11 May 2008

Femininity - the lost ideal

It fascinates me to look at old photos from, say fifty or sixty years ago and witness how much more, ahem, feminine the women seemed to be.

They didn't try to imitate men in their dress, habits, or filthiness. They instead dressed to the nines, made themselves up very attractively, and went out into the world with grace and dignity.

I know, as you read these words some of you are already saying "Male chauvinist pig!", right? So sue me, I'm a traditionalist. I think in the rush to 'gender equality' today we have lost something incredibly important - you know, the fundamental differences that separate the sexes, that which makes women so mysterious to men (and vice versa).

I do not believe that women should stick to the home and be barefoot and pregnant all the time. Au contraire, I believe that women are at their best when they are out in the world employing their many talents and skills for productive use. Women's brains operate differently (if you don't think so, you're an ideologue, this has been scientifically proven) and indeed complement the thought processes of a man.

After all, isn't that why men and women can wind up so compatible in, say, a married relationship?

The past, in fact, gives us many examples of women who made contributions to the world, all while preserving the essence of their femininity - that is, who they are. There should not have to be a sacrifice of one's womanhood to be regarded as a competent social equal.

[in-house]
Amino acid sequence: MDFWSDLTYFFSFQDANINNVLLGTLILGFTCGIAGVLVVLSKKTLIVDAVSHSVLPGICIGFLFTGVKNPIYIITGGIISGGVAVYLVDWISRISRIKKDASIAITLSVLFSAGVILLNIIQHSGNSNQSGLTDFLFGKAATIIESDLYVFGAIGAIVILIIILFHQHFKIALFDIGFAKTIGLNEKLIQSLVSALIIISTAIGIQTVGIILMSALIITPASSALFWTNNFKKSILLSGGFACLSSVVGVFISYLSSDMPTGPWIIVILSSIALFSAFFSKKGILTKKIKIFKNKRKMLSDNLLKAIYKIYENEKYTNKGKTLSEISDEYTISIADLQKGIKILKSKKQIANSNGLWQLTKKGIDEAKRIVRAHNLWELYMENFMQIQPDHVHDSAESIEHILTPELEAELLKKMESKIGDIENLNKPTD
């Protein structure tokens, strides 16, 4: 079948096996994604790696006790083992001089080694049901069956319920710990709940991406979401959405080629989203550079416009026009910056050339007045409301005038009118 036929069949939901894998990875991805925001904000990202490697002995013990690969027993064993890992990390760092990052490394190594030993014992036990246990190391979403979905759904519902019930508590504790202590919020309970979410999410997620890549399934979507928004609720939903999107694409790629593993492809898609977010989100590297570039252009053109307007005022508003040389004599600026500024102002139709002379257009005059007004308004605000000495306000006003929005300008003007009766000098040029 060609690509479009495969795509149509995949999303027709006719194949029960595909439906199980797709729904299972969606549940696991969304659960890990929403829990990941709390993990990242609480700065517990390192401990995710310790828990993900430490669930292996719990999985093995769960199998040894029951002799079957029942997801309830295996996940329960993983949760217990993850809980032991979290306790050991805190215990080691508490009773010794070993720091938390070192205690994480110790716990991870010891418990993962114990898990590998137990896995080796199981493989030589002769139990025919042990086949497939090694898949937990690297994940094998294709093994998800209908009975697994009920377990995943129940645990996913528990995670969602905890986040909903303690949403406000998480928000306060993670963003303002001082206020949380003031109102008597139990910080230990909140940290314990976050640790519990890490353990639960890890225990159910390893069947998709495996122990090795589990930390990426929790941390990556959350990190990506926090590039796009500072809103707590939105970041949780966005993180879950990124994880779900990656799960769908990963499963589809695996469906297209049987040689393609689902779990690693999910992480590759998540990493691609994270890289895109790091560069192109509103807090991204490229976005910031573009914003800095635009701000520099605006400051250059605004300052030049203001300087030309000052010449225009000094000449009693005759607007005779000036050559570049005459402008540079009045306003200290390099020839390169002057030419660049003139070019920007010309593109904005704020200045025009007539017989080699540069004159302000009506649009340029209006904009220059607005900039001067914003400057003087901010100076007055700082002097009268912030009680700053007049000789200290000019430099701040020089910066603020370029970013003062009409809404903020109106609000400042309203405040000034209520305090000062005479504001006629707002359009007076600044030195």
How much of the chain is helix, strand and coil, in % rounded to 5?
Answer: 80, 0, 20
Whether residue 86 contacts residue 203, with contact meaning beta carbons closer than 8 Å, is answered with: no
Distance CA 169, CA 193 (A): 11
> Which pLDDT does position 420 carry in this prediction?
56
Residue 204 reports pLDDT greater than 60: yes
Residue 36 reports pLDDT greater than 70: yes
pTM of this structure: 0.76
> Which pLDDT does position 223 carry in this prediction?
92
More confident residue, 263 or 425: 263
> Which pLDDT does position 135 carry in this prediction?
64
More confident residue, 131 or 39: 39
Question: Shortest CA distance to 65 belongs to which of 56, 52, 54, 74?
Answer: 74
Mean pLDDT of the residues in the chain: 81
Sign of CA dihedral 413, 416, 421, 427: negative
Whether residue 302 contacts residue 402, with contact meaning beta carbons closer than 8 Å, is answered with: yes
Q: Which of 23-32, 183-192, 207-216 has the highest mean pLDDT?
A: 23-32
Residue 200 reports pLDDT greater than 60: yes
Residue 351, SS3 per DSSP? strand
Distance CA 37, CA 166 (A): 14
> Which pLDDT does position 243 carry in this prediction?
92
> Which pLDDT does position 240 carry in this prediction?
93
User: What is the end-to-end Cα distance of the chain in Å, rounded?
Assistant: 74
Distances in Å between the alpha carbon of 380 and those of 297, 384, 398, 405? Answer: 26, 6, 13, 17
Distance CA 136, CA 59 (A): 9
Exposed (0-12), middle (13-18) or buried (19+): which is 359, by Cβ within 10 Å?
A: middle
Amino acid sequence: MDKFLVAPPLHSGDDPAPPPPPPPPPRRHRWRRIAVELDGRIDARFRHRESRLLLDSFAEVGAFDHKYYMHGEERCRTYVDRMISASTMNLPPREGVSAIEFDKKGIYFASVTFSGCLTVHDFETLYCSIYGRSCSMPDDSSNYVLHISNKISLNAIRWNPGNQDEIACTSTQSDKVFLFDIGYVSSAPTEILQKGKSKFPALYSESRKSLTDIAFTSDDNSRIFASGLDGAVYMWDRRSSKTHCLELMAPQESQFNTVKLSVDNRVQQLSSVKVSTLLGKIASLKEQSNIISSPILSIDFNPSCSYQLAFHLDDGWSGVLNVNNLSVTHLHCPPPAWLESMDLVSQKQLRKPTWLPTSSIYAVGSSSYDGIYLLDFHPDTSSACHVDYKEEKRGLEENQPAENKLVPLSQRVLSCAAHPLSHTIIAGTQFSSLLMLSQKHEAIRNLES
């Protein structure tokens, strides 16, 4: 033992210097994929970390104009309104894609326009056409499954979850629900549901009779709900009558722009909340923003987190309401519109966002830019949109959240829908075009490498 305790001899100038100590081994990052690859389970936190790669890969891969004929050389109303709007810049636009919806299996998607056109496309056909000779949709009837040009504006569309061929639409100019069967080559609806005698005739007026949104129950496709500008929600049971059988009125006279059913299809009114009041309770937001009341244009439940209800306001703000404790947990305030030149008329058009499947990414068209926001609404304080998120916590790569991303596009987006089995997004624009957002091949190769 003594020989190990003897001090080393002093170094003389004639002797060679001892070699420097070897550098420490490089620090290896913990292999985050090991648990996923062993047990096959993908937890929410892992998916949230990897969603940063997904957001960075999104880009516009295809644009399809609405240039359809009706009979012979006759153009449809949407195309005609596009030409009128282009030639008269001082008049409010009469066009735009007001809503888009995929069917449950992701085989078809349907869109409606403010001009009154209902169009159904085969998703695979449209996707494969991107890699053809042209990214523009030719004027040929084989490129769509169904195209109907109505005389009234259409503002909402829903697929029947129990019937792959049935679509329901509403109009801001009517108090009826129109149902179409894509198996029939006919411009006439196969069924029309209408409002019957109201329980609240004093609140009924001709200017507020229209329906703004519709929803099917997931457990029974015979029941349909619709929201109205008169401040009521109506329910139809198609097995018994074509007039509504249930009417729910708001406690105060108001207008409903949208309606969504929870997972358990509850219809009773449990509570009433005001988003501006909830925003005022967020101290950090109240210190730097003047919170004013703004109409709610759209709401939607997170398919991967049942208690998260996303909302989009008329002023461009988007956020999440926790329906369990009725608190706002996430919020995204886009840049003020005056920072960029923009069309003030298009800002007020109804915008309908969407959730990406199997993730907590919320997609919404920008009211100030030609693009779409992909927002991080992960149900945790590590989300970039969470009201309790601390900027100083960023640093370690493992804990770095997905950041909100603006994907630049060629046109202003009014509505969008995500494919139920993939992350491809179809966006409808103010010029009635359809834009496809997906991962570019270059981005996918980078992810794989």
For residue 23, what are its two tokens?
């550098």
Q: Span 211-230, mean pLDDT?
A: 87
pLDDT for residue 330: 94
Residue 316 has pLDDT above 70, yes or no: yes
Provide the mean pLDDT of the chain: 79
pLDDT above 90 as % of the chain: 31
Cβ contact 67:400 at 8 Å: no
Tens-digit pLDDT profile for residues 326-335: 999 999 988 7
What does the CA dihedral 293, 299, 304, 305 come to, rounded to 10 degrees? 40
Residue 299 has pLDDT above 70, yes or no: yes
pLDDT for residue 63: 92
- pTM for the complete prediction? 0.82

The nurses of the 1940s-60s (before the nursing profession turned to those wretchedly ugly and decidedly unfeminine scrubs) managed to save lives and perform their jobs admirably - and they appeared decidedly feminine at all times.

Remember stewardesses? Oh, they're kind of sort of still around, but they're called flight attendants now; they come in all shapes and sizes, and can even be male. Yes, anyone of a certain generation remembers stewardesses, those young, attractive, well-dressed, and unfailingly polite ladies who used to make our flying experience much more pleasant. It didn't hurt that they were easy on the eyes.

I wonder why so many airlines are hemorrhaging cash today? Airline bankruptcies seemed to become endemic around the time the airlines decided to end the practice of exclusively employing good-looking young women as cabin staff and opened those positions to anyone and everyone.

Might there be a connection? Who knows. Maybe. All I can say is, since about 1980 or so I have no longer enjoyed travel by air. I'll take the freeway from now on, thank you. At least I might be able to catch an attractive waitress down by the Waffle House during my travels.

What I am saying is that there need not be a contradiction in terms between doing your job well and being an attractive woman. I know this sounds sexist, but guess what? Sex sells. In our increasingly litigious society this has completely been erased - sexual harassment laws and all that, you know. But government and the legal profession can't cancel out nature, can't change it or bend it to their will. You can attempt to suppress reality, but in the end it ain't gonna wash.

There is nothing wrong about a girl showing off some of her stuff (in a modest fashion, thank you). I guess everyone agrees with this assessment nowadays. But selling your product in similar fashion, and having a little fun in the process, is no more abominable. I'm not saying to go to extremes, by any means - this is the problem today: either we must be sexless or we must let it all hang out. Ridiculous. Everything in moderation, please.

As it is, I would rather stare at a pretty nurse while I am sick than an old fat woman, or worse, a gay man. Hell, it might just help me to heal faster.